Project Hyakumeizan said...

Hendrik, Maz: welcome to One Hundred Mountains - and it's very good to read in your comments that, even after all these years, Kato Buntaro has something to say to present-day wilderness expeditioners and mountaineers like yourselves. I realised while writing this post that all kinds of interesting issues surround the question whether to solo or not to solo. It's clear why a companion is needed on technical routes or on a crevassed glacier - a rope has to be used, with a person on each end of it. But a more subtle angle is that two heads (if they are compatible) can be better than one - that's why airliners are flown by two pilots, one cross-checking the other. A soloist doesn't have that advantage. On the other hand, where the team dynamics are not so good (eg strong egos, each unwilling to be the first to suggest turning back), soloing could actually be safer than a group...

☆sapphire said...

Great post, indeed! I very much enjoyed this. I climbed Mt. Rokko many times and twice I climbed it(East Rokko) from Ashiya. I suppose we traced the same route as Buntaro once had. There is a place called "Rock Garden" on the route where you can do rock climbing. It is said that Nitta Jiro's novel is almost based on Buntaro's "単独行" though I have no idea whether his story is 100% true. I have never read the 単独行 nor the manga. I'd love to read them!! Do you think his happy marriage affected his stance on solo mountaineering?

Project Hyakumeizan said...

Sapphire: thanks for dropping in: it's good to hear that you are familiar with Rokko-san. Indeed, the "Rock Garden" there is one of the birthplaces of rock-climbing in Japan. You raise an interesting question about the effect of marriage on Kato Buntaro - according to Fujiki Kuzo, who wrote a memoir or memorial about Kato, it was certainly a happy marriage. Once or twice, Kato took Hanako to the mountains with him, although only on easy hikes. I don't think Kato wrote much about his ambitions in mountaineering - it is Fujiki who raises the thought that Kato wanted to climb in the Himalaya - and that was why he gave up soloing - because it was clear that only a strong team could succeed on those big mountains ...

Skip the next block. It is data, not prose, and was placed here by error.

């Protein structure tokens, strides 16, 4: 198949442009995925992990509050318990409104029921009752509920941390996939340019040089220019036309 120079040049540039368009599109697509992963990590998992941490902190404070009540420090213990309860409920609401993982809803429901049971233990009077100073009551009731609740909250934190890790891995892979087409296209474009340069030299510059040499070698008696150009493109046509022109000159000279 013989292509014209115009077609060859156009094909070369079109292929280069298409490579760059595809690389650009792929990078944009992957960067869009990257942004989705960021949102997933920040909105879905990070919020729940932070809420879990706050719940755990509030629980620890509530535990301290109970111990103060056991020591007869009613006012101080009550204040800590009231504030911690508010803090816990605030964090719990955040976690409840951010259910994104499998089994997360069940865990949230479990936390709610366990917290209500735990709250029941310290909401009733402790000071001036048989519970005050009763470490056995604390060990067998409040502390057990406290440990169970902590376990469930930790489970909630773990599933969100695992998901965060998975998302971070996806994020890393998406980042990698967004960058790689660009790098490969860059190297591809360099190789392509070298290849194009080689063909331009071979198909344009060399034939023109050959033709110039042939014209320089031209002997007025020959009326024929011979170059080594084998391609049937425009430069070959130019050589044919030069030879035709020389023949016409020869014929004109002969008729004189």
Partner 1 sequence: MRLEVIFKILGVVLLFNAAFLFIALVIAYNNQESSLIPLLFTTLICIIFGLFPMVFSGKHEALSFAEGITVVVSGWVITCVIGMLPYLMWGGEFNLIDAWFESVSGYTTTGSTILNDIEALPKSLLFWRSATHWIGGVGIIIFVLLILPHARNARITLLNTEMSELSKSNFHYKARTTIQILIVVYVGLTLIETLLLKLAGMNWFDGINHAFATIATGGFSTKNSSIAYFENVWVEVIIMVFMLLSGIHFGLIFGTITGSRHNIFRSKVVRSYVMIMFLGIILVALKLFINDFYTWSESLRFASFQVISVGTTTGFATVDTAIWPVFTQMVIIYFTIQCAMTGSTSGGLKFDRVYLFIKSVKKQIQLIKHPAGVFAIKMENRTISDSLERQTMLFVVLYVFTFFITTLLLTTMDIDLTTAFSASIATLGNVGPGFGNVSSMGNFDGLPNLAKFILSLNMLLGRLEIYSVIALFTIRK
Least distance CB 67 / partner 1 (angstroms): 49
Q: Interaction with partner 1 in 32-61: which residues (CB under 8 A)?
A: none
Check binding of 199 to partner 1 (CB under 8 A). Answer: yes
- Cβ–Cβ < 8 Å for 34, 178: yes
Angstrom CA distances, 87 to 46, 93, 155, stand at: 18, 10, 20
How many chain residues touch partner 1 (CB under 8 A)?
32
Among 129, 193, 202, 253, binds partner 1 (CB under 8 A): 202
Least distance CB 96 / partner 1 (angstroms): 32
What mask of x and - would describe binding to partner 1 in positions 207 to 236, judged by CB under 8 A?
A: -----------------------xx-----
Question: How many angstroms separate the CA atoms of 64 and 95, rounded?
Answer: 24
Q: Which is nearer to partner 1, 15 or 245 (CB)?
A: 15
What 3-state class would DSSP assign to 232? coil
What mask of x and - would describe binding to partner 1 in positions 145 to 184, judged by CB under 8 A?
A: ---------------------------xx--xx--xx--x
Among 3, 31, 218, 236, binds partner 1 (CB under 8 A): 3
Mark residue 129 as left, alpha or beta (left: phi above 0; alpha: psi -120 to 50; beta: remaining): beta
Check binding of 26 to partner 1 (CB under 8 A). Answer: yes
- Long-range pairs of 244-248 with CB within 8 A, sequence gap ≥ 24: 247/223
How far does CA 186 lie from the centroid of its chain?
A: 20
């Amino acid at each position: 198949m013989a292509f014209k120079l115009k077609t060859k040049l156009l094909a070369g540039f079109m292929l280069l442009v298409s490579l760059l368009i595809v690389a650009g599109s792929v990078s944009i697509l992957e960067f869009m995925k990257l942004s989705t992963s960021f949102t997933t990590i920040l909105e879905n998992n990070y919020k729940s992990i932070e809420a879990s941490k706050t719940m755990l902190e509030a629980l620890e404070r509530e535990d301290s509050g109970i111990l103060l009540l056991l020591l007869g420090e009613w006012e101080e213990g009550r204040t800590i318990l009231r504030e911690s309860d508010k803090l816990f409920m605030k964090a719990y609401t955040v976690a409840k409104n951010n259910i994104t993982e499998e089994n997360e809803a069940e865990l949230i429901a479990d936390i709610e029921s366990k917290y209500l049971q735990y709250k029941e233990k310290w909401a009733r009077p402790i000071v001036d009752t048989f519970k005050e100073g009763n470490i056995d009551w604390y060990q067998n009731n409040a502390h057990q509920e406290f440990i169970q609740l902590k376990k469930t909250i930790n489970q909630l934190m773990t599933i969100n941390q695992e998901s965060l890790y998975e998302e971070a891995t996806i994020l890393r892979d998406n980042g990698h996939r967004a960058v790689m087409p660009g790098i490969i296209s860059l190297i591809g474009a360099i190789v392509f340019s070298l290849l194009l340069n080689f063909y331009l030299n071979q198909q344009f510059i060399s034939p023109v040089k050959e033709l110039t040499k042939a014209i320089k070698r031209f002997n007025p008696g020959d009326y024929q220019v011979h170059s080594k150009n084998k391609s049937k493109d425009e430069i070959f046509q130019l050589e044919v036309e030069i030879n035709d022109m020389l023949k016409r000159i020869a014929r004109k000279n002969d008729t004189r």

Iainhw said...

Good post. I enjoyed this very much. Reminds me of some of my own solo exploits in the alps, particularly the summer of 2001 in the Zermatt campsite. In my tent I had a copy of Will McLewin's In Monte Viso's Horizon which has a good chapter on soloing. I read that chapter many times before setting out on my low grade climbs to help me justify what I was doing. In Kato's words I was committing a crime.
It's also worth mentioning that on the same trip I met a young hotshot Japanese climber, Suzuki Kenzo. He had been doing several ascents of his own (routes not listed in the alpine club guide)on the NE side of(the)Lyskamm. His first european alpine ascent was a solo ascent of the n face of the Dent Blanche. I think he had also put a new route up Alpamayo at some point too. I have to say I was in awe of him. As he was transitting in London for a few days on his way back to tokyo I offered him my lounge as somewhere to sleep. He never appeared on the arranged day. On the evening of 9/11, of all days, I received a letter from his girlfriend informing me that he had met his end somewhere on the Aiguille du Midi a few days after leaving Zermatt. So sadly, as we all know Kato's words on the strong flourishing and growing stronger don't always hold true.

Project Hyakumeizan said...

Iain: thanks for reading - the story of Suzuki Kenzo is sad indeed. In general, it can be said that soloing is more dangerous than roped climbing. But, as Messner said, "life in the mountains is incalculable" - "unberechenbar"...

birdmonkey said...

Thanks again for another great post and for opening up a world for us non-japanese readers. Your approach to the subject is really interesting: marrying historical climbing accounts with popular/visual cultural references. I find it gives me an understanding of how mountains and mountaineering resonates in Japanese culture. A wonderful escape from my reading on post-conceptual practice!